STORY UPDATE: Web developer Supreme Studios has had a change of plan since this story was first published.
It issued a statement to Newshub saying, "Gang members have now gone to death threats and we have received images of gang members wielding firearms."
As a result, it says its original plan to republish the Mongrel Mob Defence app will not happen and it will no longer release a follow-up app called Black Power Defence.
"We will not be republishing the app and there will be no follow-up titles."
The creators of a controversial smartphone game featuring a dead Mongrel Mob member are standing by the app.
Supremacy, a formerly little-known app developer, launched a new app on Friday called Mongrel Mob Defence. The game, which was available on Google Play, allowed players to pose as a member of the aforementioned gang and protect their territory from rival gang Black Power.
The app was immediately criticised for promoting gang violence. Supremacy was especially vilified for using an image of deceased Mongrel Mob member William Hurinui - known as Greco - as the face of one of the game's avatars.
In an email, Supremacy told Newshub that much of the criticism directed towards the app is unfair, and claim that actual gang members have no problem with it.
"We have had a few patch members play the game for themselves and often they will just laugh and shake their head in disbelief," they said.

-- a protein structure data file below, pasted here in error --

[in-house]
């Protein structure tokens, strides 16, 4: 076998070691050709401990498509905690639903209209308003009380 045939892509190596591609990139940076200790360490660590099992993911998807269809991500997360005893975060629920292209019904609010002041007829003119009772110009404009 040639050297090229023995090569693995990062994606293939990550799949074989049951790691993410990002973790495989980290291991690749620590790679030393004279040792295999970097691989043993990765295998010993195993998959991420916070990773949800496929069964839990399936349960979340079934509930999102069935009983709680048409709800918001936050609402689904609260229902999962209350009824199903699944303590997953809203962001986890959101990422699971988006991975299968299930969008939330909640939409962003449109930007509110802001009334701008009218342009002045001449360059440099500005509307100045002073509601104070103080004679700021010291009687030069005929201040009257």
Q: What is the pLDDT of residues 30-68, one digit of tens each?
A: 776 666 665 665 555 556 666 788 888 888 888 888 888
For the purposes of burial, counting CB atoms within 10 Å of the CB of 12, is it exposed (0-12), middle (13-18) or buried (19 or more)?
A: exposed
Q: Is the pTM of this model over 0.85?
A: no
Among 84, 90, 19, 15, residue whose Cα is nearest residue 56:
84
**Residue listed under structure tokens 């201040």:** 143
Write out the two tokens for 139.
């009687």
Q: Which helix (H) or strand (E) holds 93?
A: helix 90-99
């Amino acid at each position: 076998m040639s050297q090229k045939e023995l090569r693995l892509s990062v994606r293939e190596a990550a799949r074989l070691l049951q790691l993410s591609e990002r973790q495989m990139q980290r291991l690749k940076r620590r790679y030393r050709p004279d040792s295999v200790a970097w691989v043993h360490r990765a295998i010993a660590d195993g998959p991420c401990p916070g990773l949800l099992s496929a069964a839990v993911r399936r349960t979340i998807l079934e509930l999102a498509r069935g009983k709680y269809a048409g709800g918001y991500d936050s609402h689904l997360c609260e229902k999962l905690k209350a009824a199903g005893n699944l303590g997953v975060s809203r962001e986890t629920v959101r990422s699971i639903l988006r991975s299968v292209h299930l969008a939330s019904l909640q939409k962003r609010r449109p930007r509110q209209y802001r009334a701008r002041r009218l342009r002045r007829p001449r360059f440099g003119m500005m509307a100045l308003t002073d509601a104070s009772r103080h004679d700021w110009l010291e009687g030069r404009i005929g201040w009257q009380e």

"One patch member even rated the application 5 stars. Thankfully the majority absolutely love it."
Supremacy admits they made a "huge mistake" in their decision to use Greco's image.
"It was the first suitable image in the Google search results that fitted our design teams concept and we have sent an apology to the immediate family of William Hurinui," they said.
"The development studio had no knowledge of who William Hurinui was or that he had passed away, and wasn't expecting it to negatively effect [sic] the lives of his family and cause outrage."
A Black Power member has also said that Supremacy used his image in the app without permission. The developers say they were unaware of his complaints, and that the game will be updated again "if need be".
In response to the controversy, Supremacy changed the character's image to that of Alf Stewart, a popular character from Home and Away.
They're also inviting users to submit photos of themselves to feature in the app's next update.
Mongrel Mob Defence has since been removed from Google Play, but Supremacy says it's not because of the Greco controversy, but rather "disruptive ads".
Google's rules state that ads "should not be shown in a way that results in inadvertent clicks", and that developers who disobey may be penalised.
Supremacy told Newshub in an email that they don't believe the app violated Google's ad policy and that they have submitted an appeal.
They also say the company's name has been misinterpreted by people such as former gang member Denis O'Reilly, who told Newshub he wondered if the developer was "some white organisation from America".
The company's original name was Soundboard Studios, before it was changed to Supremacy which the developers say "had a nice ring to it".
"It has since unintentionally been received negatively by a slim few and seen as a statement or affiliation to 'White Supremacy' which is not true and completely unintended."
They will be changing the company name once again to Supreme Studios, "to avoid far-fetched allegations in future".